Earlier this month, the Supreme Court heard oral arguments in Merck v. Albrecht. At issue in the case is when the federal regime for regulating pharmaceutical products (principally through the Food and Drug Administration, or FDA) might preempt state regulatory regimes (principally through tort litigation). However the case is resolved, this area of law is […]
The median list price for a house in California is almost $700,000, the highest in the nation aside from Washington D.C. and Hawaii. This compares to a median list price of $328,000 for the United States as a whole. Prices have been surging in many areas of the state in recent years, and housing costs […]
Social Security and Medicare costs are rapidly rising due to the retirement of 74 million baby boomers into a system that already runs substantial per-person deficits. Today’s typical retiring couple has paid $140,000 into Medicare and will receive $420,000 in benefits (both adjusted into net present values). Most Social Security recipients also come out ahead. […]
In unsurprising news, Philadelphia Mayor Jim Kenney’s budget proposal reduced the projected revenues from the city’s beverage tax by about 15 percent. For a multitude of reasons, revenues have not met expectations. Soda tax revenue was already earmarked as the funding source for new pre-K seats, community schools, and other programs. As a result of […]
Occupational licensing has come under increased scrutiny across levels of government, and desire for reform is bipartisan. The Federal Trade Commission has held two roundtables disseminating research about the effects of licensing on economic opportunity. The Council of Economic Advisers in both the Obama and Trump administrations has suggested that these regulations impede work and opportunity.
The United States slipped one spot to eighth in the most recent iteration of the World Bank’s Ease of Doing Business rankings. The Index ranks countries based on how supportive their economies and regulatory frameworks are to starting and operating a local firm. For the United States, the report uses a population-weighted score for Los Angeles and New York City. A decade ago the United States ranked third, behind only perennial top-two finishers Singapore and New Zealand, but in this year’s Index it also ranked behind Denmark, Hong Kong, South Korea, Norway, and the United Kingdom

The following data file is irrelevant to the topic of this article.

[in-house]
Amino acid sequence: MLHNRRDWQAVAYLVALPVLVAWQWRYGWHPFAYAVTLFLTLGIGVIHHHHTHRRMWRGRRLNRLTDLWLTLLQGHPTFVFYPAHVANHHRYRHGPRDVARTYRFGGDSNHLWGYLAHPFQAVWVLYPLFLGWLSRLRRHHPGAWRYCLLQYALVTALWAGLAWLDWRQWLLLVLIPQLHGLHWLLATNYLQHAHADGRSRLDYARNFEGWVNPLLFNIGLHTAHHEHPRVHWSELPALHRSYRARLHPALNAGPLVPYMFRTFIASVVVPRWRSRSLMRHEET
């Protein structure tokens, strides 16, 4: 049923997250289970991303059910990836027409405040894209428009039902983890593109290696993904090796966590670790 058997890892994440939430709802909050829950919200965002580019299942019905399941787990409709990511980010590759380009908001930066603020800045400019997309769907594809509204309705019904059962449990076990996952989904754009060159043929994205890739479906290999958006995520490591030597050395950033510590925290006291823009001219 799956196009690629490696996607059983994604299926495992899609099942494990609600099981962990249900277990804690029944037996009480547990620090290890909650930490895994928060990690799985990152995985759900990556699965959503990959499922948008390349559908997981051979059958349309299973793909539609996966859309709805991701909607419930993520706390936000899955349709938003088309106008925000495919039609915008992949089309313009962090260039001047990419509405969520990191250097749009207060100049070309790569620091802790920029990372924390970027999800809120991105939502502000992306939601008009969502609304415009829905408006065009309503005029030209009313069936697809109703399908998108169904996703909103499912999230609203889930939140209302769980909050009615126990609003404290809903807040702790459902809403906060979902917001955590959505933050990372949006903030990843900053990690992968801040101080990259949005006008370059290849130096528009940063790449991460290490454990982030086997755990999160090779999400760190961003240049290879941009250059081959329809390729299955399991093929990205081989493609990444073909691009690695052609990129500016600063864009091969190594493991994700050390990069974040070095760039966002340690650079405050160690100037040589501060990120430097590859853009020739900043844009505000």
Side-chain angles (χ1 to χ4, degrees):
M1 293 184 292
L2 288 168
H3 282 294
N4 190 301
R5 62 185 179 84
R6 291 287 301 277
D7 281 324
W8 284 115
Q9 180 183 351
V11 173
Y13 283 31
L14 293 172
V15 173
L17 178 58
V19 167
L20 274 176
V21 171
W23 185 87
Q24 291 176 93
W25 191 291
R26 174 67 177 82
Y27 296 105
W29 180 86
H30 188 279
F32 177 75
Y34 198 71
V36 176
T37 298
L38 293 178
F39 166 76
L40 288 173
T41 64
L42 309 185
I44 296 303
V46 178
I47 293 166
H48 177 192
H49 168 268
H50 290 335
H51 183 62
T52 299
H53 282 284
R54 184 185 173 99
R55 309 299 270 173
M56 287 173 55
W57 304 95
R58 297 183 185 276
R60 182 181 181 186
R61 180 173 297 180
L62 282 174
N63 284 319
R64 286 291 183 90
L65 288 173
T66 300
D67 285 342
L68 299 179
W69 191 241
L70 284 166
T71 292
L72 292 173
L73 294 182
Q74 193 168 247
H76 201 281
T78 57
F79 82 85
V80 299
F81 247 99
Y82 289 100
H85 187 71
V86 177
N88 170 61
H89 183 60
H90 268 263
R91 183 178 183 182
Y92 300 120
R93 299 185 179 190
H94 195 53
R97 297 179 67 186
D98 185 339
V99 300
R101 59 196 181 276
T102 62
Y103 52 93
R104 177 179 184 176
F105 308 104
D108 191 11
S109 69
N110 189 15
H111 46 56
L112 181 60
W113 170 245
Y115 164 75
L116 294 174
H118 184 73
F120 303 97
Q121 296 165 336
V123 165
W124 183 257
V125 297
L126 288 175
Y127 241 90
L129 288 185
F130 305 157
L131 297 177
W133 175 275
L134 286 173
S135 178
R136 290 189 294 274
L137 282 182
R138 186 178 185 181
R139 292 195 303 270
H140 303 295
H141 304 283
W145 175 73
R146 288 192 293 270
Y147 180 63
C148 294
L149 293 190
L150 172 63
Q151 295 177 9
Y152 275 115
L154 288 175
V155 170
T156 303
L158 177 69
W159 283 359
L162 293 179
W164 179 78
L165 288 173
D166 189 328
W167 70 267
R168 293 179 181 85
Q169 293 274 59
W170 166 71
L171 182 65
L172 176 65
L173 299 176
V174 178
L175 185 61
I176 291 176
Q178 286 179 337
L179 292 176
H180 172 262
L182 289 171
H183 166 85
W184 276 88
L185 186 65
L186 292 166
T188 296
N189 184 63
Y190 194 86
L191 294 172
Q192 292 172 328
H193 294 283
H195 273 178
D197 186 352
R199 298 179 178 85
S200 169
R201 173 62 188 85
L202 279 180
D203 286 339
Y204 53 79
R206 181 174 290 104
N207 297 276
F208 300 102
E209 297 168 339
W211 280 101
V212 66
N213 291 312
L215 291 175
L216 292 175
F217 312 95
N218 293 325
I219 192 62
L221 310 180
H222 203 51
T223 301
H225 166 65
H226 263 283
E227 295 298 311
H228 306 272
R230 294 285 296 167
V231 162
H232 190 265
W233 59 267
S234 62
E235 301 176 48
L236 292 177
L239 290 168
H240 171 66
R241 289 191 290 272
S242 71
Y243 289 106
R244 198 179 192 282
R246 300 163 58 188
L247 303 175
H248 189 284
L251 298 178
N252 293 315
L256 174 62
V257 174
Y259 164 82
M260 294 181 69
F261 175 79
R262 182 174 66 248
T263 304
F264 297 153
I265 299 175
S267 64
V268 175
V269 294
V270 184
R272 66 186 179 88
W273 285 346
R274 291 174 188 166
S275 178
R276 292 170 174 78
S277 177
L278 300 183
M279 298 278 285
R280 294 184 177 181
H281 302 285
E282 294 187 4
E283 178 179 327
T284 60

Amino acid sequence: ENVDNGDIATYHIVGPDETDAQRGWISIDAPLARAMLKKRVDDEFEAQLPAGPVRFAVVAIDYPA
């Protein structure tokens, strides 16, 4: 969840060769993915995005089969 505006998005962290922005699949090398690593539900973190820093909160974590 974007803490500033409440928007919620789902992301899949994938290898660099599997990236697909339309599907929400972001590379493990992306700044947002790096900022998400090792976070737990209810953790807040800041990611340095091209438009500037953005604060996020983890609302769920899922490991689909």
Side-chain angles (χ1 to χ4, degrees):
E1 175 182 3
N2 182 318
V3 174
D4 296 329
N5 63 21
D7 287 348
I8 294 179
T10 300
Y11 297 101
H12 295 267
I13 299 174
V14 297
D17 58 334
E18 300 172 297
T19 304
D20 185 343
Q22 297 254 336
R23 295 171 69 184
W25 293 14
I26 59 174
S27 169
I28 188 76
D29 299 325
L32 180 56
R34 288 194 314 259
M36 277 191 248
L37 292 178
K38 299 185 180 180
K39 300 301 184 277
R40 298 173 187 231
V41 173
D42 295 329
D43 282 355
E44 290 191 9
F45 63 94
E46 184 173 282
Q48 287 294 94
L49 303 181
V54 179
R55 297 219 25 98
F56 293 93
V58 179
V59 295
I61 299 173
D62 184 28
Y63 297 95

Today almost one-third of Americans need an occupational license to work legally, a number that has increased fivefold since the mid-20th century. Occupations requiring licenses range from practicing physicians to shampooers to fortune tellers. Uncle Sam appears to be taking notice. Maureen Ohlhaussen, acting chairman of the Federal Trade Commission (FTC), has recently spearheaded an Economic Liberty Taskforce to address many of the issues caused by the current licensing landscape. . . .Because licensing is controlled by the states, requirements for licenses are not uniform or systematic. The Institute for Justice analyzed the occupations that require licenses and highlighted how they vary by state. For instance, a barber’s license requires almost two and a half years of education and training in Nevada, but only 175 days of training in Wyoming. Moreover, a barber from Nevada could not cut hair in any other state, including the less stringent Wyoming. Cities can further complicate matters by spawning unnecessary restrictions, such as New York City’s new ban on pet sitting without a kennel license. Another traditionally teen job is eliminated by the bureaucracy.
Elon Musk has announced the rollout of the Tesla Model 3, which he claims is the car for the masses. But what he really means is that it is a car paid for by the masses. Tesla prominently features the various incentives and credits available to prospective buyers. Purchasers of the $35,000 Model 3 get a $7,500 tax credit—21 percent. In addition, some states provide tax credits or rebates that can range from $1,000 to $5,000, with Colorado at the high end. Plus, owners of electric vehicles (EVs) often get to use HOV lanes without charge, free parking, and rebates on home chargers.
While commentators tend to focus on the unemployment rate—which is moderate at 4.9 percent—the employment-population ratio is arguably more informative. After long spells out of a job, people may become discouraged and give up looking for work altogether. A large group of working-age, able-bodied individuals outside the labor force is a sign of major weakness in the economy.
However, on one metric the employment situation remains stubborn: long-term unemployment. The share of unemployed persons stuck without a job for 27 weeks or longer is 28 percent, as opposed to 19 percent pre-recession. That is down somewhat from 37 percent when the economy was at peak unemployment, but still worryingly high.